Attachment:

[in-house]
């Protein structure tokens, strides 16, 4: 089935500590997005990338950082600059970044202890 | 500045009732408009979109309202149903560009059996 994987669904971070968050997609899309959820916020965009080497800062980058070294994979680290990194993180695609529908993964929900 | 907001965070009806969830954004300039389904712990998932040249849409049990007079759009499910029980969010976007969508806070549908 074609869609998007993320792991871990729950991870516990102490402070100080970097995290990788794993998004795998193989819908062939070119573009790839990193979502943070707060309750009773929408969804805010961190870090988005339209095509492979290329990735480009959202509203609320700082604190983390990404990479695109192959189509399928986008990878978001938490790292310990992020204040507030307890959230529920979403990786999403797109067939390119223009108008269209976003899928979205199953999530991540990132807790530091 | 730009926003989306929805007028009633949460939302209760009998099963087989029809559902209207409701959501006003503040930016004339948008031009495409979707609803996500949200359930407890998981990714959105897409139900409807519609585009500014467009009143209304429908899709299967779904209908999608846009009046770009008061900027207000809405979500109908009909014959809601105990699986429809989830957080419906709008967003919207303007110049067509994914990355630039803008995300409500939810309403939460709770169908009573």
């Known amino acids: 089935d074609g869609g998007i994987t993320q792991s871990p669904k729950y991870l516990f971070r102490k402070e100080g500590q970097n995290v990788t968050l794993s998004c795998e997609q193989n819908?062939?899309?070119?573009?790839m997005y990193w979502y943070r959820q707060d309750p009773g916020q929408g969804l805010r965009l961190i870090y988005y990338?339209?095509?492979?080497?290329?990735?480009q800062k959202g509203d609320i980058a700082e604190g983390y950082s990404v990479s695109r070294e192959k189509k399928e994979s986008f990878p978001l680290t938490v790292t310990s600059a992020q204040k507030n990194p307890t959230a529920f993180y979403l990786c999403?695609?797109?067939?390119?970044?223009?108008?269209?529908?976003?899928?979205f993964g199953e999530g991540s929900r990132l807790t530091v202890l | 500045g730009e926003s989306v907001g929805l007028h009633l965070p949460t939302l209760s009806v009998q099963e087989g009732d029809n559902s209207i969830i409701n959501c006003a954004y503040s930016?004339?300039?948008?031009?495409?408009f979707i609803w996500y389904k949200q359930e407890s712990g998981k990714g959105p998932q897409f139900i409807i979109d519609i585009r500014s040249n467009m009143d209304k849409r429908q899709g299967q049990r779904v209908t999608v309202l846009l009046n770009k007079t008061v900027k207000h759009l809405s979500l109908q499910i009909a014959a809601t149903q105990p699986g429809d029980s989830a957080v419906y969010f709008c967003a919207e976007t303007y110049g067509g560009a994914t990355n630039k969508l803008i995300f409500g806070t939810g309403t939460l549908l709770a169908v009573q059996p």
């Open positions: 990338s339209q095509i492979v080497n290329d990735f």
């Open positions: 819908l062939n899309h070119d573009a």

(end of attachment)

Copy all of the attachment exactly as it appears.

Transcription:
[in-house]
């Protein structure tokens, strides 16, 4: 089935500590997005990338950082600059970044202890 | 500045009732408009979109309202149903560009059996 994987669904971070968050997609899309959820916020965009080497800062980058070294994979680290990194993180695609529908993964929900 | 907001965070009806969830954004300039389904712990998932040249849409049990007079759009499910029980969010976007969508806070549908 074609869609998007993320792991871990729950991870516990102490402070100080970097995290990788794993998004795998193989819908062939070119573009790839990193979502943070707060309750009773929408969804805010961190870090988005339209095509492979290329990735480009959202509203609320700082604190983390990404990479695109192959189509399928986008990878978001938490790292310990992020204040507030307890959230529920979403990786999403797109067939390119223009108008269209976003899928979205199953999530991540990132807790530091 | 730009926003989306929805007028009633949460939302209760009998099963087989029809559902209207409701959501006003503040930016004339948008031009495409979707609803996500949200359930407890998981990714959105897409139900409807519609585009500014467009009143209304429908899709299967779904209908999608846009009046770009008061900027207000809405979500109908009909014959809601105990699986429809989830957080419906709008967003919207303007110049067509994914990355630039803008995300409500939810309403939460709770169908009573």
């Known amino acids: 089935d074609g869609g998007i994987t993320q792991s871990p669904k729950y991870l516990f971070r102490k402070e100080g500590q970097n995290v990788t968050l794993s998004c795998e997609q193989n819908?062939?899309?070119?573009?790839m997005y990193w979502y943070r959820q707060d309750p009773g916020q929408g969804l805010r965009l961190i870090y988005y990338?339209?095509?492979?080497?290329?990735?480009q800062k959202g509203d609320i980058a700082e604190g983390y950082s990404v990479s695109r070294e192959k189509k399928e994979s986008f990878p978001l680290t938490v790292t310990s600059a992020q204040k507030n990194p307890t959230a529920f993180y979403l990786c999403?695609?797109?067939?390119?970044?223009?108008?269209?529908?976003?899928?979205f993964g199953e999530g991540s929900r990132l807790t530091v202890l | 500045g730009e926003s989306v907001g929805l007028h009633l965070p949460t939302l209760s009806v009998q099963e087989g009732d029809n559902s209207i969830i409701n959501c006003a954004y503040s930016?004339?300039?948008?031009?495409?408009f979707i609803w996500y389904k949200q359930e407890s712990g998981k990714g959105p998932q897409f139900i409807i979109d519609i585009r500014s040249n467009m009143d209304k849409r429908q899709g299967q049990r779904v209908t999608v309202l846009l009046n770009k007079t008061v900027k207000h759009l809405s979500l109908q499910i009909a014959a809601t149903q105990p699986g429809d029980s989830a957080v419906y969010f709008c967003a919207e976007t303007y110049g067509g560009a994914t990355n630039k969508l803008i995300f409500g806070t939810g309403t939460l549908l709770a169908v009573q059996p």
């Open positions: 990338s339209q095509i492979v080497n290329d990735f």
């Open positions: 819908l062939n899309h070119d573009a």